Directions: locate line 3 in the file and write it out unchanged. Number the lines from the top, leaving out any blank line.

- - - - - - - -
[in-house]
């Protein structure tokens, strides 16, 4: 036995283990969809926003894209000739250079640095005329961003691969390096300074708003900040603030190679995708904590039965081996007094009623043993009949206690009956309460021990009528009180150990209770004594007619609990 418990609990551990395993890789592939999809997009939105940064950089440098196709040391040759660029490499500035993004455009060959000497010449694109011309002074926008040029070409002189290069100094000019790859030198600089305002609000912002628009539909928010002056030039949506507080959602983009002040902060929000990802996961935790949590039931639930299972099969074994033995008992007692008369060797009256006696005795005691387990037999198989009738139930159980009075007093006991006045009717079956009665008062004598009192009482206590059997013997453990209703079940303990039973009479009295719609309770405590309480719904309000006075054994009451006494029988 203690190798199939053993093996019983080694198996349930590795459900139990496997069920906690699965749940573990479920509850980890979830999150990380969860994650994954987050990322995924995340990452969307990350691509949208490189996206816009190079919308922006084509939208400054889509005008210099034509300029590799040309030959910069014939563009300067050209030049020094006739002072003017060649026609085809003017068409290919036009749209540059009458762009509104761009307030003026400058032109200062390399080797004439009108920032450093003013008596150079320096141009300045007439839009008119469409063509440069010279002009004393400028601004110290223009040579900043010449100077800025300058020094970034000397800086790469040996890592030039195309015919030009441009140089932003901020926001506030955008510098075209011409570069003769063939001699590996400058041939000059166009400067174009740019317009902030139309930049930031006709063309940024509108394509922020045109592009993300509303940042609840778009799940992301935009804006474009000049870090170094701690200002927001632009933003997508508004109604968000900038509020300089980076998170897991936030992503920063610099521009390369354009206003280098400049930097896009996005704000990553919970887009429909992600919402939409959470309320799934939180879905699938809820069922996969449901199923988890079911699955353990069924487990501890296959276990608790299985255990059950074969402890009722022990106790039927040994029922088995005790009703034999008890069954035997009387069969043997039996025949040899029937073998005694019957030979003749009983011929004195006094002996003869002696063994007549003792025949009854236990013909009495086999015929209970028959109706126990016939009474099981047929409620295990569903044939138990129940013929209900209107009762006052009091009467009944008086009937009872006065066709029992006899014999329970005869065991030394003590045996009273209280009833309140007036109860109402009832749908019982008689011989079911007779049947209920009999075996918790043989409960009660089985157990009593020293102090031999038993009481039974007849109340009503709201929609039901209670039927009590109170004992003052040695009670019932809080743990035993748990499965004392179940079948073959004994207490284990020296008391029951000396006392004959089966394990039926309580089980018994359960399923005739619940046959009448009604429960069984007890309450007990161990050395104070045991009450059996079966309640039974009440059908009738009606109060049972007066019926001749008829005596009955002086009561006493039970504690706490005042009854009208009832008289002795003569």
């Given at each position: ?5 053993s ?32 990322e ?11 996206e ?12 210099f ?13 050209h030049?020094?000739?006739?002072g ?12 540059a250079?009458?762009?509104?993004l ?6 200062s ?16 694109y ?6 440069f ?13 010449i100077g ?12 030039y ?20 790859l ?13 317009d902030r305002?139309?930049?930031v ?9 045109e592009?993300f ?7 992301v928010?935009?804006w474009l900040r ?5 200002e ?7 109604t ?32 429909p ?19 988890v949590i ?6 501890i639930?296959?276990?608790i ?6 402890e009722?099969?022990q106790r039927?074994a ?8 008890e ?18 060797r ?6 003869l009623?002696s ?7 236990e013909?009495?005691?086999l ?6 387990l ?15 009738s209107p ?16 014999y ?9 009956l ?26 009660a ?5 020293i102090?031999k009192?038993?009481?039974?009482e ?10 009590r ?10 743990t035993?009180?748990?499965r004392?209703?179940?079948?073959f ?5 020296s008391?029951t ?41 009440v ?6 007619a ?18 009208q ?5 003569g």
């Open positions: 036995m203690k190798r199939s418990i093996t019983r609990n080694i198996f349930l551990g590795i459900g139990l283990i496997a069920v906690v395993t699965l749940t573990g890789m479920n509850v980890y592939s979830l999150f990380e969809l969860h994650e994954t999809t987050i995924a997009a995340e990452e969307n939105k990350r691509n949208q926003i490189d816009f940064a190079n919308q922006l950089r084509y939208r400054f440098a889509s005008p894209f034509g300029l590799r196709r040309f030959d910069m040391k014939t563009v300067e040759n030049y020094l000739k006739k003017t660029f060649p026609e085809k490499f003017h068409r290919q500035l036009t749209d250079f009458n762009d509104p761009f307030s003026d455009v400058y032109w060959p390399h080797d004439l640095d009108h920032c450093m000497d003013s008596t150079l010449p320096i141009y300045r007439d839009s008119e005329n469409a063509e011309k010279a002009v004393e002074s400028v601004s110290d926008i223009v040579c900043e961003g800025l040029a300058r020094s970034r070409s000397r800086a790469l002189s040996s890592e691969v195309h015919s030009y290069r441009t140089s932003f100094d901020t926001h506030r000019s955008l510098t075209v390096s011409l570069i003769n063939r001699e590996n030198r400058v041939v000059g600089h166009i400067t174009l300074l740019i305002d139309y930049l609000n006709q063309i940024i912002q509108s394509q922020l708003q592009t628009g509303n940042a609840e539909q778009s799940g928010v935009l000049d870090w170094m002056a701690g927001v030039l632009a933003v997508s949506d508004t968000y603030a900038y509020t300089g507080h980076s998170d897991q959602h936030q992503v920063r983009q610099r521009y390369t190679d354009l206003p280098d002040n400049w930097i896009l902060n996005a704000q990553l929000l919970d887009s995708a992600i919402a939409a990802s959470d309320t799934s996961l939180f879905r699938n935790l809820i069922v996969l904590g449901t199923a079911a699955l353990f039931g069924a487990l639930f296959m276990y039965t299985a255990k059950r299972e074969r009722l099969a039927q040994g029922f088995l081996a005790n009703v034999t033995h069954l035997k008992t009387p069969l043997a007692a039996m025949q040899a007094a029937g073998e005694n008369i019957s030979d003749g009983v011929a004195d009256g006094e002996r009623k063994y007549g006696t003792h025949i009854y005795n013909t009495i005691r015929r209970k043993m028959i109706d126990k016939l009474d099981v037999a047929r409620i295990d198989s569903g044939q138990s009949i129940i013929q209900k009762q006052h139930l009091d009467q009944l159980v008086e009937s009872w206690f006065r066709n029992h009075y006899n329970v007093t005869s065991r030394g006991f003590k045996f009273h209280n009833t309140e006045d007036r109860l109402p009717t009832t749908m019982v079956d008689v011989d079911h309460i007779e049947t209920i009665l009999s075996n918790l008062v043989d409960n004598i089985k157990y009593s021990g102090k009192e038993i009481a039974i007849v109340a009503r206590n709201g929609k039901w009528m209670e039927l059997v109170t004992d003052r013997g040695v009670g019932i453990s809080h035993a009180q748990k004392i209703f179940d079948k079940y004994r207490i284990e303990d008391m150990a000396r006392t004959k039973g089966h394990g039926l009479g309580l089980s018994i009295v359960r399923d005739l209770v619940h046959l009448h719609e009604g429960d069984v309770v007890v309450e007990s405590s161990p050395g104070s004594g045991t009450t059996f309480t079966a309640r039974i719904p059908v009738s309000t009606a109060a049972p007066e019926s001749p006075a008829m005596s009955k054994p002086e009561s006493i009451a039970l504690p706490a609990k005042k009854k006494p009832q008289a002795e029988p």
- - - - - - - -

């Given at each position: ?5 053993s ?32 990322e ?11 996206e ?12 210099f ?13 050209h030049?020094?000739?006739?002072g ?12 540059a250079?009458?762009?509104?993004l ?6 200062s ?16 694109y ?6 440069f ?13 010449i100077g ?12 030039y ?20 790859l ?13 317009d902030r305002?139309?930049?930031v ?9 045109e592009?993300f ?7 992301v928010?935009?804006w474009l900040r ?5 200002e ?7 109604t ?32 429909p ?19 988890v949590i ?6 501890i639930?296959?276990?608790i ?6 402890e009722?099969?022990q106790r039927?074994a ?8 008890e ?18 060797r ?6 003869l009623?002696s ?7 236990e013909?009495?005691?086999l ?6 387990l ?15 009738s209107p ?16 014999y ?9 009956l ?26 009660a ?5 020293i102090?031999k009192?038993?009481?039974?009482e ?10 009590r ?10 743990t035993?009180?748990?499965r004392?209703?179940?079948?073959f ?5 020296s008391?029951t ?41 009440v ?6 007619a ?18 009208q ?5 003569g």